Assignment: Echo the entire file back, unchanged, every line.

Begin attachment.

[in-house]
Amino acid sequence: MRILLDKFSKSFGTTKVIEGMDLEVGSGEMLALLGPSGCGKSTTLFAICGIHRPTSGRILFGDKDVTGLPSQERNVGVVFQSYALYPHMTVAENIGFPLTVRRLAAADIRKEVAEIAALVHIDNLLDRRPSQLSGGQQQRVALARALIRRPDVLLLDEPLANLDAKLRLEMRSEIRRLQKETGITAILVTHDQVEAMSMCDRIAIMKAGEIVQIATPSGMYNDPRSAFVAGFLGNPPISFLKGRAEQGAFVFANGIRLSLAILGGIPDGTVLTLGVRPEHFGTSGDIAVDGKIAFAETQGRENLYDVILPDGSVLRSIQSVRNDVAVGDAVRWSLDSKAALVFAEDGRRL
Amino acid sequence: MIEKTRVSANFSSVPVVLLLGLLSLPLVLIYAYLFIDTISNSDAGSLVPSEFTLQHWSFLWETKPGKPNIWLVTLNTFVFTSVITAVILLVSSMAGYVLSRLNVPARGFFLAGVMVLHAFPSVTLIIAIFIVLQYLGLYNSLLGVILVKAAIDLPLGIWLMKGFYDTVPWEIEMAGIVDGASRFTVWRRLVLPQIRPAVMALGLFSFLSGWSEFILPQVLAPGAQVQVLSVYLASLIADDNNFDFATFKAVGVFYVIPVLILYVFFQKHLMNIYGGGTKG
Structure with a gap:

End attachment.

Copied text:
[in-house]
Amino acid sequence: MRILLDKFSKSFGTTKVIEGMDLEVGSGEMLALLGPSGCGKSTTLFAICGIHRPTSGRILFGDKDVTGLPSQERNVGVVFQSYALYPHMTVAENIGFPLTVRRLAAADIRKEVAEIAALVHIDNLLDRRPSQLSGGQQQRVALARALIRRPDVLLLDEPLANLDAKLRLEMRSEIRRLQKETGITAILVTHDQVEAMSMCDRIAIMKAGEIVQIATPSGMYNDPRSAFVAGFLGNPPISFLKGRAEQGAFVFANGIRLSLAILGGIPDGTVLTLGVRPEHFGTSGDIAVDGKIAFAETQGRENLYDVILPDGSVLRSIQSVRNDVAVGDAVRWSLDSKAALVFAEDGRRL
Amino acid sequence: MIEKTRVSANFSSVPVVLLLGLLSLPLVLIYAYLFIDTISNSDAGSLVPSEFTLQHWSFLWETKPGKPNIWLVTLNTFVFTSVITAVILLVSSMAGYVLSRLNVPARGFFLAGVMVLHAFPSVTLIIAIFIVLQYLGLYNSLLGVILVKAAIDLPLGIWLMKGFYDTVPWEIEMAGIVDGASRFTVWRRLVLPQIRPAVMALGLFSFLSGWSEFILPQVLAPGAQVQVLSVYLASLIADDNNFDFATFKAVGVFYVIPVLILYVFFQKHLMNIYGGGTKG
Structure with a gap: